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Design and analysis of experiments in the presence of spatial correlation

Tisha L Hooks, University of Nebraska - Lincoln


This dissertation consists of three papers written on the design and analysis of experiments in the presence of spatial correlation. The first paper discusses the use of optimality criteria in the design of experiments. In the context of linear models, an optimality criterion is developed for models that include random effects. This criterion also allows for the inclusion of fixed and/or random nuisance parameters in the model and for the presence of a general covariance structure. Also, a general formula is presented for which all previously published optimality criteria are special cases. ^ The second paper presents a simulation study on changing the support of a spatial covariate. Researchers are increasingly able to capture spatially referenced data on both a response and a covariate more frequently and in more detail. A combination of geostatisical models and analysis of covariance methods is used to analyze such data. However, basic questions regarding the effects of using a covariate whose support differs from that of the response variable must be addressed to utilize these methods more efficiently. A simulation study was conducted to assess the effects of including a covariate whose support differs from that of the response variable in the analysis. This study suggests that the support of the covariate should be as close as possible to the support of the response variable. ^ The third paper presents a new method for analysis of covariance with a spatial covariate. Data sets which contain measurements on a spatially referenced response and covariate are analyzed using either cokriging or spatial analysis of covariance. While cokriging accounts for the correlation structure of the covariate, it is purely a predictive tool. Alternatively, spatial analysis of covariance allows for parameter estimation yet disregards the correlation structure of the covariate. A method is proposed which both accounts for the correlation in and between the response and covariate and allows for the estimation of model parameters; also, this method allows for analysis of covariance when the response and covariate are not colocated. ^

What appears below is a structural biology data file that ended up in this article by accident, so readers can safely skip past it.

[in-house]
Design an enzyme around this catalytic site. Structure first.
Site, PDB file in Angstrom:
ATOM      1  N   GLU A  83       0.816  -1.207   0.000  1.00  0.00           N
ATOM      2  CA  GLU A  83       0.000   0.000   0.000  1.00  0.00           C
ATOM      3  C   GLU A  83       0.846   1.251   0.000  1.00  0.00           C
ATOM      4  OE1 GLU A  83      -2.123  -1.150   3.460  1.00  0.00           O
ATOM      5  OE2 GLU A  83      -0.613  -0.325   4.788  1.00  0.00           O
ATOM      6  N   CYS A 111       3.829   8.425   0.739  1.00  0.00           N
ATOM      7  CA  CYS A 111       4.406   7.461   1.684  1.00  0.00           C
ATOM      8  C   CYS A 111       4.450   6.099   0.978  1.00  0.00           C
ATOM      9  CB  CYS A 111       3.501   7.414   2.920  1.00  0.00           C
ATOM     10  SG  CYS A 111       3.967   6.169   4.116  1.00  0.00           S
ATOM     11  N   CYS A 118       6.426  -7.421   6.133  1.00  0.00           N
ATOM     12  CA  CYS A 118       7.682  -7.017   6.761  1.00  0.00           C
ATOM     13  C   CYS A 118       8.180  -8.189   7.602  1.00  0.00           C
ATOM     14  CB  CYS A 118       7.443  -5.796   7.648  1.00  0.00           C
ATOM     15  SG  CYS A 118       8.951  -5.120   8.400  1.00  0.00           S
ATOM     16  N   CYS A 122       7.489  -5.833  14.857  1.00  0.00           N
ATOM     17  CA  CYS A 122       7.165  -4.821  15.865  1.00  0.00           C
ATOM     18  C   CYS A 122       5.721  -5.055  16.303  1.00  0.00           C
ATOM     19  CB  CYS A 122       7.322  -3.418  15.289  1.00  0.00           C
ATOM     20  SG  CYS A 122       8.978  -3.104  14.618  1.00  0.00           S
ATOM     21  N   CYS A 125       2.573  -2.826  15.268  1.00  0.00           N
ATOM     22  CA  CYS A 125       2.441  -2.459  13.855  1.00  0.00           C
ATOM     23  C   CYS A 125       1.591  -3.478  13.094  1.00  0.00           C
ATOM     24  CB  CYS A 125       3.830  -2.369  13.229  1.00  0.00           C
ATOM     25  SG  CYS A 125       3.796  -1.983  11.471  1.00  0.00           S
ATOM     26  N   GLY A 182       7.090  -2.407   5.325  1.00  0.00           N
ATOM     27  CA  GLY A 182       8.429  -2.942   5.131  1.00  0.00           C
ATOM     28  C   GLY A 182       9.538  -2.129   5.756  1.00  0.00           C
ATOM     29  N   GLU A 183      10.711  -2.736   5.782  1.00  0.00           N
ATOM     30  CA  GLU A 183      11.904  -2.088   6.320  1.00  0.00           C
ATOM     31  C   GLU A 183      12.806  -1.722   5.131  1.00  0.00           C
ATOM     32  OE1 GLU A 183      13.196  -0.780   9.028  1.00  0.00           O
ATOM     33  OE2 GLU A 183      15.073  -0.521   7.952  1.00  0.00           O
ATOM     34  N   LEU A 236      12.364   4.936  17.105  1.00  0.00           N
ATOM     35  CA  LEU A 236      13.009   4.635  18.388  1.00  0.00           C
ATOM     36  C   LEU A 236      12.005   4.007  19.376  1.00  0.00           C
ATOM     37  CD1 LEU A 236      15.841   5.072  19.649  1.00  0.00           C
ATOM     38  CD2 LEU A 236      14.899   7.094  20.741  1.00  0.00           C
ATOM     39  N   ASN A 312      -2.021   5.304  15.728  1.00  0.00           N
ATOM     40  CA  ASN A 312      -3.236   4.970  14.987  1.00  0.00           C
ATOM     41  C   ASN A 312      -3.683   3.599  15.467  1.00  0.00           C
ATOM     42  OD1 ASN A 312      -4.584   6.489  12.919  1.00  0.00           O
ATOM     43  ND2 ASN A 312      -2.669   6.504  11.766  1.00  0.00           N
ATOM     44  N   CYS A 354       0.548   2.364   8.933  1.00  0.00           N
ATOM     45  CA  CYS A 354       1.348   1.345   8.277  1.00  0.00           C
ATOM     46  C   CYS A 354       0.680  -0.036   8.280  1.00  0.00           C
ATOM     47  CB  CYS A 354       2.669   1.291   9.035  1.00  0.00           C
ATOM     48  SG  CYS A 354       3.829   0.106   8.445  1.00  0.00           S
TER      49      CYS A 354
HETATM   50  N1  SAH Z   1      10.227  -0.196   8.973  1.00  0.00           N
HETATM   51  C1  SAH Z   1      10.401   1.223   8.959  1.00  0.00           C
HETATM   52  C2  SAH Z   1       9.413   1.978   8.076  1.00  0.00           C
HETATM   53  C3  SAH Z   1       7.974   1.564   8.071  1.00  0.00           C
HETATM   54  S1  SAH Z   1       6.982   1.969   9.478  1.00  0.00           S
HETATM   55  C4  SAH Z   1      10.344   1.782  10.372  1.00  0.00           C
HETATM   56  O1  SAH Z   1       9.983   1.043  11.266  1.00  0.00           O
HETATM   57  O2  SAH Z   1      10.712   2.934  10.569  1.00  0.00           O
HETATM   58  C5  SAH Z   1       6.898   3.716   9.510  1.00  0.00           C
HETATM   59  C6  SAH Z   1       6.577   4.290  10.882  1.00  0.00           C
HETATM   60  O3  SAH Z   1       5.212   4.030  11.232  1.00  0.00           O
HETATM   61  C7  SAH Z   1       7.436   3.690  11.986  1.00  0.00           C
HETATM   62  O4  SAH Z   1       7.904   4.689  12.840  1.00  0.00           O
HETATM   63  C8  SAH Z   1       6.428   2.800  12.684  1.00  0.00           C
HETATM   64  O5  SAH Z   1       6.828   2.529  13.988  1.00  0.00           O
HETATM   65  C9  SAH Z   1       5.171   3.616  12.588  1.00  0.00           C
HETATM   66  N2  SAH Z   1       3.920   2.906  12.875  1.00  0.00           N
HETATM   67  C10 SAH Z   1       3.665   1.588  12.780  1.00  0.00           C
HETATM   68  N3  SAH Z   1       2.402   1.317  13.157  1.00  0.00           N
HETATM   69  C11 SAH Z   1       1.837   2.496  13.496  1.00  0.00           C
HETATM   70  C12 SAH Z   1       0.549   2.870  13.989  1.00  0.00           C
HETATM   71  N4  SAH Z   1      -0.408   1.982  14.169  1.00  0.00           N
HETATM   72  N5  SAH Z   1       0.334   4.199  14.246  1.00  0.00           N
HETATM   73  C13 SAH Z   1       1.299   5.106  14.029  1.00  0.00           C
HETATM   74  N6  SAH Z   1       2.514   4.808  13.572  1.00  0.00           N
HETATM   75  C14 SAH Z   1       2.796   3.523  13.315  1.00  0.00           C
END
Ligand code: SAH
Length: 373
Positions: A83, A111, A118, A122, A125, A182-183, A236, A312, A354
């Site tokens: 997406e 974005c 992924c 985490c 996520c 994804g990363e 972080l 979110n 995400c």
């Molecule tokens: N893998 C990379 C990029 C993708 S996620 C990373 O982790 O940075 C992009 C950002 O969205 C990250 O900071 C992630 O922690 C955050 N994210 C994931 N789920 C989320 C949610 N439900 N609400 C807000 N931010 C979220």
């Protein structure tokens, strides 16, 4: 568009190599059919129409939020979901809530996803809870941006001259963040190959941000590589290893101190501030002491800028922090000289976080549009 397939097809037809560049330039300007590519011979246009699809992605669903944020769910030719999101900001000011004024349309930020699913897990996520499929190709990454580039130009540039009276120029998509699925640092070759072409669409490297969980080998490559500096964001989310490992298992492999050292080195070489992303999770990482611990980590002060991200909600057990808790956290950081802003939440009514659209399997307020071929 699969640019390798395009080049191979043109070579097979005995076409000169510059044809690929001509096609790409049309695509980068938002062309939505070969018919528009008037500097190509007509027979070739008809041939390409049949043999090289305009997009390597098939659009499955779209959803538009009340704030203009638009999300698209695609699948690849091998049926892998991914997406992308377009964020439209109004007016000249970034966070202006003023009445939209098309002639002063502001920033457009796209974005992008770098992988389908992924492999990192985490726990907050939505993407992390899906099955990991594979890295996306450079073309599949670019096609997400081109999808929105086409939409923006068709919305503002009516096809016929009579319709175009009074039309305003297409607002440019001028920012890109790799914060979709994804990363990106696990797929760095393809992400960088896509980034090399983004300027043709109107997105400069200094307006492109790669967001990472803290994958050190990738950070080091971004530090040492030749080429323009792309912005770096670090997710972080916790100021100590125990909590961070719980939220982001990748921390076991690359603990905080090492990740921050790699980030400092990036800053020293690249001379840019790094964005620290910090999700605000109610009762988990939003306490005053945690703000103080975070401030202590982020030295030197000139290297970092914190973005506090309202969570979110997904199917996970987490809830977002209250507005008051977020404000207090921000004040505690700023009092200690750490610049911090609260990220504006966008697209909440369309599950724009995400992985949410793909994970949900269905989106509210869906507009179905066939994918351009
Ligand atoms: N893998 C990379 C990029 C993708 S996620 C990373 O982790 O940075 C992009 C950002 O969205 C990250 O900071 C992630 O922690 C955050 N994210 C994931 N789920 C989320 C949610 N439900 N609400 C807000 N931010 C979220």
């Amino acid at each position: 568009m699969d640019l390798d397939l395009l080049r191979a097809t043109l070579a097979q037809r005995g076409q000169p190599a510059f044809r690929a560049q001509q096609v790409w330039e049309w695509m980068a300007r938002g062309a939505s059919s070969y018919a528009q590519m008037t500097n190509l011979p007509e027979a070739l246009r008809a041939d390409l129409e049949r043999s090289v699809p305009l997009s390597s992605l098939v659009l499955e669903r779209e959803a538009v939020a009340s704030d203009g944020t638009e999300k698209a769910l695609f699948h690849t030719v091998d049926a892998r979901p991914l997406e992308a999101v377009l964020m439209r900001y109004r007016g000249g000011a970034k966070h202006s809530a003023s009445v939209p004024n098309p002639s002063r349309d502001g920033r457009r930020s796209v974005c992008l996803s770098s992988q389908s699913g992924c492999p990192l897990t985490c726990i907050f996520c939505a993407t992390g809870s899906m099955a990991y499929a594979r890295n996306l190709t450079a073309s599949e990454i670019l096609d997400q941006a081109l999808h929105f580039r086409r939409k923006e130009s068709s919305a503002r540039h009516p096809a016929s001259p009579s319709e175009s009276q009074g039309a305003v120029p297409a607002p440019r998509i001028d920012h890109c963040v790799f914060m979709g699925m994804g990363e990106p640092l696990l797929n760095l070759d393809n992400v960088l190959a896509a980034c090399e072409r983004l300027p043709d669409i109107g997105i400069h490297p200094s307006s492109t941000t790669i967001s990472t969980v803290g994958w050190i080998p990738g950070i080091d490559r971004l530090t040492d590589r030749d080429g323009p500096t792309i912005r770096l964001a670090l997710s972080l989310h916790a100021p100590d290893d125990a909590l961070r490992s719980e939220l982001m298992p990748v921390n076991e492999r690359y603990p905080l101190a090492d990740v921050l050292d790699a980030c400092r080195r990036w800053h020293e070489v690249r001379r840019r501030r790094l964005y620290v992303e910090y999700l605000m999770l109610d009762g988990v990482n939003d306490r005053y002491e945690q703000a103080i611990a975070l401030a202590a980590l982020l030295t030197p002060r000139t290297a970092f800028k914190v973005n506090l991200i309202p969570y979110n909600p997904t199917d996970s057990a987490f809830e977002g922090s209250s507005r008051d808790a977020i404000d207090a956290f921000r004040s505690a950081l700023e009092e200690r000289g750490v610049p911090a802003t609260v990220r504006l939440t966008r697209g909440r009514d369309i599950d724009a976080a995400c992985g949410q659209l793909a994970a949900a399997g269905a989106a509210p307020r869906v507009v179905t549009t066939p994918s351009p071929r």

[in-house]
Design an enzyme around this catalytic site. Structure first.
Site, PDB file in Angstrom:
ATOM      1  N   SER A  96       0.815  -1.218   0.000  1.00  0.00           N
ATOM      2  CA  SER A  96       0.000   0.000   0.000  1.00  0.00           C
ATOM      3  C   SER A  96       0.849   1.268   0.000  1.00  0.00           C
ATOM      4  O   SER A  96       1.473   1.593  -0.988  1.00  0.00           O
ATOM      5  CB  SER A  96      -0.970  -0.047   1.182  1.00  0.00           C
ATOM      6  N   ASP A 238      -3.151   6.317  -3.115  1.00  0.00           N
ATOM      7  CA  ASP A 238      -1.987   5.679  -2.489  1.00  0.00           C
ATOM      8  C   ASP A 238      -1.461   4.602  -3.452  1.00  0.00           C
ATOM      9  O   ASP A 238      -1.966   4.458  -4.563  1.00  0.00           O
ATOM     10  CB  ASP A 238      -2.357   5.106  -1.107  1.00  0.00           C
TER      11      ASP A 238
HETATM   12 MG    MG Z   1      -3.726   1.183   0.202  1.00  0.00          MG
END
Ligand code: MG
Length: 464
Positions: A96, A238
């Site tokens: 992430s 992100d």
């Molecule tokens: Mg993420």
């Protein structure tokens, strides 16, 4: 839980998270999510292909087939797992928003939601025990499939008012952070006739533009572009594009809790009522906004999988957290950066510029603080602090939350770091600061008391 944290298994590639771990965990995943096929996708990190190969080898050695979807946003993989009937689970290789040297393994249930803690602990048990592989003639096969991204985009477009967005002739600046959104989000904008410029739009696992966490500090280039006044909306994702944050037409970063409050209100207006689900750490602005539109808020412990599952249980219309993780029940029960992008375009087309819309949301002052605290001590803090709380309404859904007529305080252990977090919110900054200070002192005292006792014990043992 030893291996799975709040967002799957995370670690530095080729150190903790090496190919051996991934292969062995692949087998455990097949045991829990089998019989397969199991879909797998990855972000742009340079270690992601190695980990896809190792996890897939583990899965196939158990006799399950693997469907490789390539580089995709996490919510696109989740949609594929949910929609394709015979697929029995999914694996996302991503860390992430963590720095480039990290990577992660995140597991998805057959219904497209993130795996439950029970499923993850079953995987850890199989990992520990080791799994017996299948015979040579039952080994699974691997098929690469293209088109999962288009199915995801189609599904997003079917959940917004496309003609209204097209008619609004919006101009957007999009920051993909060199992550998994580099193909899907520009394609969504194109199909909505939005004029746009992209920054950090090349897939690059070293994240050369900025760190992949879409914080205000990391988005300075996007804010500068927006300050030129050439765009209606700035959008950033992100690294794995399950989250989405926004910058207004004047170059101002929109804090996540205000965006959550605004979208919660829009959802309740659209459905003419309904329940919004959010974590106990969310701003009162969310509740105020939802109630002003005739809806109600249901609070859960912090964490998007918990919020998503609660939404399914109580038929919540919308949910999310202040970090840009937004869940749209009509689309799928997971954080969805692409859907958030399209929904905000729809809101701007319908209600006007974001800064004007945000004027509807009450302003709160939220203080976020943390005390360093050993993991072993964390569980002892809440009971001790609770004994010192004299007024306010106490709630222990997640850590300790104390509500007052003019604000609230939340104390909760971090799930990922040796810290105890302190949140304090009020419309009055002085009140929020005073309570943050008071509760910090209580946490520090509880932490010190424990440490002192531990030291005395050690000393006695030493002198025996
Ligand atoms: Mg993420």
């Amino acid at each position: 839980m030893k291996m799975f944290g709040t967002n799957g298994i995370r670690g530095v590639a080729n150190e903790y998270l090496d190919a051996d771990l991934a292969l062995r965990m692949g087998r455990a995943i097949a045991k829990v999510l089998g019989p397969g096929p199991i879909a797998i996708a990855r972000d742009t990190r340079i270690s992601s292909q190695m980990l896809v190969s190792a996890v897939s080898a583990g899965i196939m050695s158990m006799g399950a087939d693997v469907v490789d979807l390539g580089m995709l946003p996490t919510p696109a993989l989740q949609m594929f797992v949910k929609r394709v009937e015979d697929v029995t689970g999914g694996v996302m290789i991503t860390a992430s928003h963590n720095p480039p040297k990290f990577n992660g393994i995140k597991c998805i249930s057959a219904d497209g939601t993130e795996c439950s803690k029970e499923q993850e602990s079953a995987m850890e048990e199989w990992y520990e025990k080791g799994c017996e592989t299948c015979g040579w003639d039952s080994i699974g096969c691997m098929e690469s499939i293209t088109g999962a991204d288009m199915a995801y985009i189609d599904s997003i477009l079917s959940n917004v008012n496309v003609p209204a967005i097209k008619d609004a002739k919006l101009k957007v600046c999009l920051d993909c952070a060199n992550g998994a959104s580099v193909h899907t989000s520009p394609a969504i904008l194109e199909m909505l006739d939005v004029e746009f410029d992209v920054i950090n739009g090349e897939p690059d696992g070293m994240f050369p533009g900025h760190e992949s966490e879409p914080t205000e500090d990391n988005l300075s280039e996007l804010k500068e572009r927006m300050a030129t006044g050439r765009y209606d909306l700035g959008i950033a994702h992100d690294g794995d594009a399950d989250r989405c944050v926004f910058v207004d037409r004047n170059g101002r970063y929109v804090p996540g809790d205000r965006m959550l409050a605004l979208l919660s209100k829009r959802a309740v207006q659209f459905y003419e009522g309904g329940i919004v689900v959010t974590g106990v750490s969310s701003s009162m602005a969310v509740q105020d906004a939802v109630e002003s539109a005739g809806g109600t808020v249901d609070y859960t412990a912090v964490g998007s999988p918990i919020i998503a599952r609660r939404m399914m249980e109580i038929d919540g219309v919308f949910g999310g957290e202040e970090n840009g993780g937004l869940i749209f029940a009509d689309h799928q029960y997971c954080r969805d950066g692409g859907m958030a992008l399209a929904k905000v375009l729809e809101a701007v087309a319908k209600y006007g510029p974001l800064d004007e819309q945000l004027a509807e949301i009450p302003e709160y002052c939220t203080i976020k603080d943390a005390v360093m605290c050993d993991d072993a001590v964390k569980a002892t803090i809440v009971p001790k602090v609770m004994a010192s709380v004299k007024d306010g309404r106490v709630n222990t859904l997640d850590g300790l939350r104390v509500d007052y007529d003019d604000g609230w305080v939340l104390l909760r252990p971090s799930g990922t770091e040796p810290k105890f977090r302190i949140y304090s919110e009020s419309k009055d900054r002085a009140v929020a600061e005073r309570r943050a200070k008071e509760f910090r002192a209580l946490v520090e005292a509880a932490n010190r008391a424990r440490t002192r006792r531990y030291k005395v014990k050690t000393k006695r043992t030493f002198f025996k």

Subject Area


Recommended Citation

Hooks, Tisha L, "Design and analysis of experiments in the presence of spatial correlation" (2006). ETD collection for University of Nebraska - Lincoln. AAI3208118.